Leaked EU report shows plans for a pan-European facial recognition database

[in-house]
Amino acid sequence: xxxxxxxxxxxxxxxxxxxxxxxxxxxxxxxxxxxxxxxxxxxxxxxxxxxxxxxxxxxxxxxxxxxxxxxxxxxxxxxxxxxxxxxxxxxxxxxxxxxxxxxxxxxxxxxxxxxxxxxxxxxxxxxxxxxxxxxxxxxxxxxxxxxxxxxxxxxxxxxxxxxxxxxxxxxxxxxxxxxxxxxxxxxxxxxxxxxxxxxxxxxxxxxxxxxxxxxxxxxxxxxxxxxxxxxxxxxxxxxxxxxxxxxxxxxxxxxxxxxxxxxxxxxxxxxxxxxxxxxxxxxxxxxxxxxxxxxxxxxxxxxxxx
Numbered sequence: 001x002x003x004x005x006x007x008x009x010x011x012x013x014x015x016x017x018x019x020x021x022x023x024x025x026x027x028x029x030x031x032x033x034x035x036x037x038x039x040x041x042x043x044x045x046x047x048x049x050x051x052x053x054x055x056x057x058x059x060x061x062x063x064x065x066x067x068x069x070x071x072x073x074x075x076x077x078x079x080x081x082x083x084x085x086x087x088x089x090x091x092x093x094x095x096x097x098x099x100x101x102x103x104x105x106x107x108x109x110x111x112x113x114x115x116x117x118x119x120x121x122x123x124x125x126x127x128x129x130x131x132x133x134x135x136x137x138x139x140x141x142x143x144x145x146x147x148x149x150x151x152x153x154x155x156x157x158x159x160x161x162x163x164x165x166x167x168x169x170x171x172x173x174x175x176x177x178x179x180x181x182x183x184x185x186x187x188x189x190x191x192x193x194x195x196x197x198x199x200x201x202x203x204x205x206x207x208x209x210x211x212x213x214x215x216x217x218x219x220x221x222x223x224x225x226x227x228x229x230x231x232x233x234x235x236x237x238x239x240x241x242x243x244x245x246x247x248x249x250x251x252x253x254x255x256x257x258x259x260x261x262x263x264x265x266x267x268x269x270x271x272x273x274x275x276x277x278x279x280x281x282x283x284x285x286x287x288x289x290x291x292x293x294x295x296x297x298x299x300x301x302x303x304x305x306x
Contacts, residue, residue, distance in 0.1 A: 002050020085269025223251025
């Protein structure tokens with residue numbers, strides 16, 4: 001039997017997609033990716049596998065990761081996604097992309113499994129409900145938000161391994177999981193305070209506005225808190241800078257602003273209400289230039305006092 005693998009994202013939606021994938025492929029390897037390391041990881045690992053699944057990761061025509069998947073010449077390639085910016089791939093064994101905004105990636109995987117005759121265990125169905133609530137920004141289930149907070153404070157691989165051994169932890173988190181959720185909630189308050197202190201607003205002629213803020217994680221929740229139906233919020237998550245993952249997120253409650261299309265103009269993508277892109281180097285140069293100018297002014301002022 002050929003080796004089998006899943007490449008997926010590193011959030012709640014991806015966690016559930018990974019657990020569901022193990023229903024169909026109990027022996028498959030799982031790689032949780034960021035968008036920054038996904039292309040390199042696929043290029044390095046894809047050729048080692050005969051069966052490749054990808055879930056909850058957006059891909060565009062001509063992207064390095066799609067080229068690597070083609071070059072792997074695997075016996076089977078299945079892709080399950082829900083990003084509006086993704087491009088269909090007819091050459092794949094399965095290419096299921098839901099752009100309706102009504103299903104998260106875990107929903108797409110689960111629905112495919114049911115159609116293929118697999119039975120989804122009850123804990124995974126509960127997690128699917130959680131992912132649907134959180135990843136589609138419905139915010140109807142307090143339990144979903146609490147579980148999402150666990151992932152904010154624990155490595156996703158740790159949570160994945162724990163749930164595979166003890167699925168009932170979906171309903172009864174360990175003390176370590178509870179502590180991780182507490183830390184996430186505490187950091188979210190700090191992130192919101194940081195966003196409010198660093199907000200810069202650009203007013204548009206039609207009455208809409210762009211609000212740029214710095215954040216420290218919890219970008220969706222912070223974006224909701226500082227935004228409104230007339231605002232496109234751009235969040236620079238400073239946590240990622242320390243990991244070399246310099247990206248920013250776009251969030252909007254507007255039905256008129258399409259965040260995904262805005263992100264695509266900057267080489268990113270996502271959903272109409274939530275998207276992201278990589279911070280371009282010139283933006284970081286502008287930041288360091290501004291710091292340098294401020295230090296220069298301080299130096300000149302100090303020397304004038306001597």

A leaked European Union report, obtained by The Intercept, confirms plan about an EU-wide network of national police facial recognition databases. The leaked document, drafted by 10 EU member states’ national police departments and led by Austria calls for new legislation that would enable Europol to exchange data from the centralised database with non-EU countries. The report comes as a part of the Prüm system discussions within which DNA, fingerprint, and vehicle registration databases are mutually accessible among EU countries. These calls are not new, but are still met with opposition. The advocacy director of Privacy International warned that a centralised facial recognition database is an ethical concern, as ‘some EU countries veer towards more authoritarian governments’. The move is criticised as facial recognition technology can still be inaccurate, especially for women and people of colour, and can enable pervasive or even illegal surveillance of citizens.